Rather than repeat the past, doing the same things in the same way, reactive rather than responsive, what would happen if we looked at this "problem" in a different perspective, a heart-felt perspective? Perhaps then the future would not repeat the past. There's a "purpose" reality and there's a "business reality". For me, why some believe these two perspectives need to be at opposite ends of a continuum, never cto meld, never to merge, is the deeper, self-reflective, non-logical question.

When business and economic growth is based on the theory of individualism as opposed to a theory of "the collective", well, we see the results and it's not a pretty picture. Stand back 15 miles outside the planet and view the Earth. All good stuff? Hmmm

Marketplace pressures frequently grind against spiritual values (read: not religious, but on a higher/deeper level of consciousness. Business people, if they choose, can consider tough questions that reverberate beyond the bottom line: How to handle layoffs? How much to pay people? How to reach out to others in a loving and compassionate way? How to react to unethical conduct? How to make money, and equally important, make meaning too?

We know that one of the greatest distances is that between the the head and the heart and nowhere is this more true than in the world of business. Like it or not we are all interconnected; resistance, denial, doubt or fear cannot change that fact. So, in the world of business, each one has the free will to make a change; each one also has "free won't". Life is choices. The challenge is to be curious about what's driving one's choices.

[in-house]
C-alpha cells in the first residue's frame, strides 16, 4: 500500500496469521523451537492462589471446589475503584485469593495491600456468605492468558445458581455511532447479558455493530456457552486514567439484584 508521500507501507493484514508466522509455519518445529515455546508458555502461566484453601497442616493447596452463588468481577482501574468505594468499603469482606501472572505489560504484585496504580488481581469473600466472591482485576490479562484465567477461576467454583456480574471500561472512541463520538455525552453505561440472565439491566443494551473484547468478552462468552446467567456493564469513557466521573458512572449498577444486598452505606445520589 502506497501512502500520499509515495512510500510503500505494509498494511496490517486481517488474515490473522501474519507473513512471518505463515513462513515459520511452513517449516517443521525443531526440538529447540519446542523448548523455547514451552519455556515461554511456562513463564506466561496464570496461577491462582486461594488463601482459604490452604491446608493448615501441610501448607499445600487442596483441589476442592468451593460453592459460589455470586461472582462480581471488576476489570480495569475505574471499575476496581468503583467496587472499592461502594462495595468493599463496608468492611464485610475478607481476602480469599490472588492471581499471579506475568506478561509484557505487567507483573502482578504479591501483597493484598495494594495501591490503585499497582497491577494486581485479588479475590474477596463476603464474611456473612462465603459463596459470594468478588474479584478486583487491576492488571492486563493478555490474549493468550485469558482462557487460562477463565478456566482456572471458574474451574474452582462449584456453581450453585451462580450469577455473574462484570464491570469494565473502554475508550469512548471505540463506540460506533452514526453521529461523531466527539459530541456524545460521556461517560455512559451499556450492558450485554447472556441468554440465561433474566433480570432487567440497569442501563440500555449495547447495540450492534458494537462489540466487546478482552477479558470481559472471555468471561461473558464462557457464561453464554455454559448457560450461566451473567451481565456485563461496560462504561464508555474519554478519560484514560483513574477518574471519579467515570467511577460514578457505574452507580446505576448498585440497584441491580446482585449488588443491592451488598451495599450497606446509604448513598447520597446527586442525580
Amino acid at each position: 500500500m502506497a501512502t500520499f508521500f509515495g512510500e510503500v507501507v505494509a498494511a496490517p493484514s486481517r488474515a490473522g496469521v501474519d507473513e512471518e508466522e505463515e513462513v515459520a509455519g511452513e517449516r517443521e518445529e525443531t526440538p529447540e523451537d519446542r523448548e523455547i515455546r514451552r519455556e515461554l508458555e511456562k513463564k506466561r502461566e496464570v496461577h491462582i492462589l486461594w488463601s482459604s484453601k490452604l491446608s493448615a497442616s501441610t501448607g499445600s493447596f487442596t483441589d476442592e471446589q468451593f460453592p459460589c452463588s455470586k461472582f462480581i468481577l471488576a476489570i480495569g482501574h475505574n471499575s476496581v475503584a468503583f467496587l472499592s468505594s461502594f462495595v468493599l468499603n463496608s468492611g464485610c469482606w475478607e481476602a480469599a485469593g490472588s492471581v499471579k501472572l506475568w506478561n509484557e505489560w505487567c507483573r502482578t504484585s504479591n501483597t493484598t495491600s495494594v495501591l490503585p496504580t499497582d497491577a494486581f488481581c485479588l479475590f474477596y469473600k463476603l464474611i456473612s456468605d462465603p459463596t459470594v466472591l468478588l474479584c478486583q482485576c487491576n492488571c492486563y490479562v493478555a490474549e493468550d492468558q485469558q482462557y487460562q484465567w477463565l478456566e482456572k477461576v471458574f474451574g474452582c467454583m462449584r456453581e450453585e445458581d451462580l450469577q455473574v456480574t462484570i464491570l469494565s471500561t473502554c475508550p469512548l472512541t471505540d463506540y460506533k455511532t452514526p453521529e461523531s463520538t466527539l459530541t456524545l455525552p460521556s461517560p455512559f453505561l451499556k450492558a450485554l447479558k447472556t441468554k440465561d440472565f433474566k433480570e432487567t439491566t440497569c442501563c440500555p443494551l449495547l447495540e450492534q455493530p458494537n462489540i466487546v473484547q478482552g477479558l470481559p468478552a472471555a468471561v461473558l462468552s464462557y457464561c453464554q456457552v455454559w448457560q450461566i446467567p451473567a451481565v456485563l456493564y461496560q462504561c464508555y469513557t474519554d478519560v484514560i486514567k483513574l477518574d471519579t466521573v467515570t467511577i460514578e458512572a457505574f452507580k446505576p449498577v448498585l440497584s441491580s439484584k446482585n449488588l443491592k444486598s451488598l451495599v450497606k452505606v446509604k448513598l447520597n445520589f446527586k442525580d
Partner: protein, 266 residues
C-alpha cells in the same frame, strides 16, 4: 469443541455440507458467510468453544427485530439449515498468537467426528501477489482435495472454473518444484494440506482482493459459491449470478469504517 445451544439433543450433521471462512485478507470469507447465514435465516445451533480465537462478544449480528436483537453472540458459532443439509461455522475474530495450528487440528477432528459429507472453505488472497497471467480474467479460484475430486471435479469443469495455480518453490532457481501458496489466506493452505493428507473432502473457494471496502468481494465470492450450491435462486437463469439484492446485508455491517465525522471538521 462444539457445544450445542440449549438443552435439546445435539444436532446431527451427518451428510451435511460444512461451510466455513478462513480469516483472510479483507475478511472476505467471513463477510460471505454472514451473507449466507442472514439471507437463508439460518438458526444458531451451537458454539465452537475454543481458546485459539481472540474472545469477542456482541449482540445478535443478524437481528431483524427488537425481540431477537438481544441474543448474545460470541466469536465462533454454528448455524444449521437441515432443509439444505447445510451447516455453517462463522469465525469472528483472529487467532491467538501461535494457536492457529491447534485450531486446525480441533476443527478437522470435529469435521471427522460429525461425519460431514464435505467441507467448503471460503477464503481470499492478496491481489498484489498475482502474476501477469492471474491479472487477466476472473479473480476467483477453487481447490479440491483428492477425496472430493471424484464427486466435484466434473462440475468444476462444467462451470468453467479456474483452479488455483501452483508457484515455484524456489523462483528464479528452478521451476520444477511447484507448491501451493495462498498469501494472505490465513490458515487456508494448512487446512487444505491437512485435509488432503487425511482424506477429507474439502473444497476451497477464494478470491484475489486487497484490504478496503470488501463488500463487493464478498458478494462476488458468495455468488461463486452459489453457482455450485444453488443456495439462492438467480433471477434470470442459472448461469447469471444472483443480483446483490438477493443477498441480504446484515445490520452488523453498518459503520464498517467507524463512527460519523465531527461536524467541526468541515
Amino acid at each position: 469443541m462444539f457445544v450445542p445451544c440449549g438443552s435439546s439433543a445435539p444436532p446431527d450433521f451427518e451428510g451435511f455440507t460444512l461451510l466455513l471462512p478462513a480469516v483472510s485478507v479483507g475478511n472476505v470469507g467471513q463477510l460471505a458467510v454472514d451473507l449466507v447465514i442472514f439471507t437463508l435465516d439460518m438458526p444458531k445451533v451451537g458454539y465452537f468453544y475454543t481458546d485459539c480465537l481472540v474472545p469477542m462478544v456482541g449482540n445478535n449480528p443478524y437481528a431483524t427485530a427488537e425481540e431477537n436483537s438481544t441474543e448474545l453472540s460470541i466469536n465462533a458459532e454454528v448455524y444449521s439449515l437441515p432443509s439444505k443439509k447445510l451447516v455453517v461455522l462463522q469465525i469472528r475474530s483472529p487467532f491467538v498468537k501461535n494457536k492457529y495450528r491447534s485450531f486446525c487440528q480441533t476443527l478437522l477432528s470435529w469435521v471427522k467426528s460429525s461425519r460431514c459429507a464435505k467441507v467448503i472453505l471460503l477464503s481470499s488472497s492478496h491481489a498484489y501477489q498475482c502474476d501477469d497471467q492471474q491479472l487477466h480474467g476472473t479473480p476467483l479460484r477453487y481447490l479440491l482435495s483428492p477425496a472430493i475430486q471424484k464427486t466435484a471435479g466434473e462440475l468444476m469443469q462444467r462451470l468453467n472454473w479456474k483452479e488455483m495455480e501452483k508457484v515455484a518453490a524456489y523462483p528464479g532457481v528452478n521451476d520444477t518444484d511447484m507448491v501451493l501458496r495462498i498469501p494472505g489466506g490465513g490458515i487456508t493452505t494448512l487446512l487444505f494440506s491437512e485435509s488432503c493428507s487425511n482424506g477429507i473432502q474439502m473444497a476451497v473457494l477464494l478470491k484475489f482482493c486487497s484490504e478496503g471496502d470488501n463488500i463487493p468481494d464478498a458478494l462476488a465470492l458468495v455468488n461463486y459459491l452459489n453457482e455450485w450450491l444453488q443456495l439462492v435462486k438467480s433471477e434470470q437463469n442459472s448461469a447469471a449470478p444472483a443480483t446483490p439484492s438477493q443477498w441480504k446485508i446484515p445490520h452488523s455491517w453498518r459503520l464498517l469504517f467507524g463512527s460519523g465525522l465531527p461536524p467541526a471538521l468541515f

Wally Bock

Sorry, to hear about your and Barb's situation, Steve, but, alas not all that surprised. A large body of personal experience tells me that physicians and consultants and would-be project managers use "the most optimistic scenario" as a sales tool to sign us on to do things, knowing that we'll keep strapping on our gear and dealing with the situation if it doesn't live up to promise. It's the bureaucratic equivalent of a low ball bid on a construction or public works project.

The result of this in the pubic works sector is staggering. When Peter Hall studied this some years back, he discovered that large public works projects routinely cost three times as much as the original bid and take three to four times as long as projected.

So what about "this is business?" It depends on where you hear it.

Sometimes it's the early warning sign of a coming shafting. This seems especially true in nonprofits when they start talking about how they need to be more businesslike.

Other times, it's a manager or HR person saying the equivalent of "Look, I know that it's not your fault, it's just your turn. But please understand that I have very little choice in what I'm about to do."

As in so many situations, it's often the manager that makes the difference. Here's an example. A young couple I know suffered the sudden loss of the woman's mother early this year.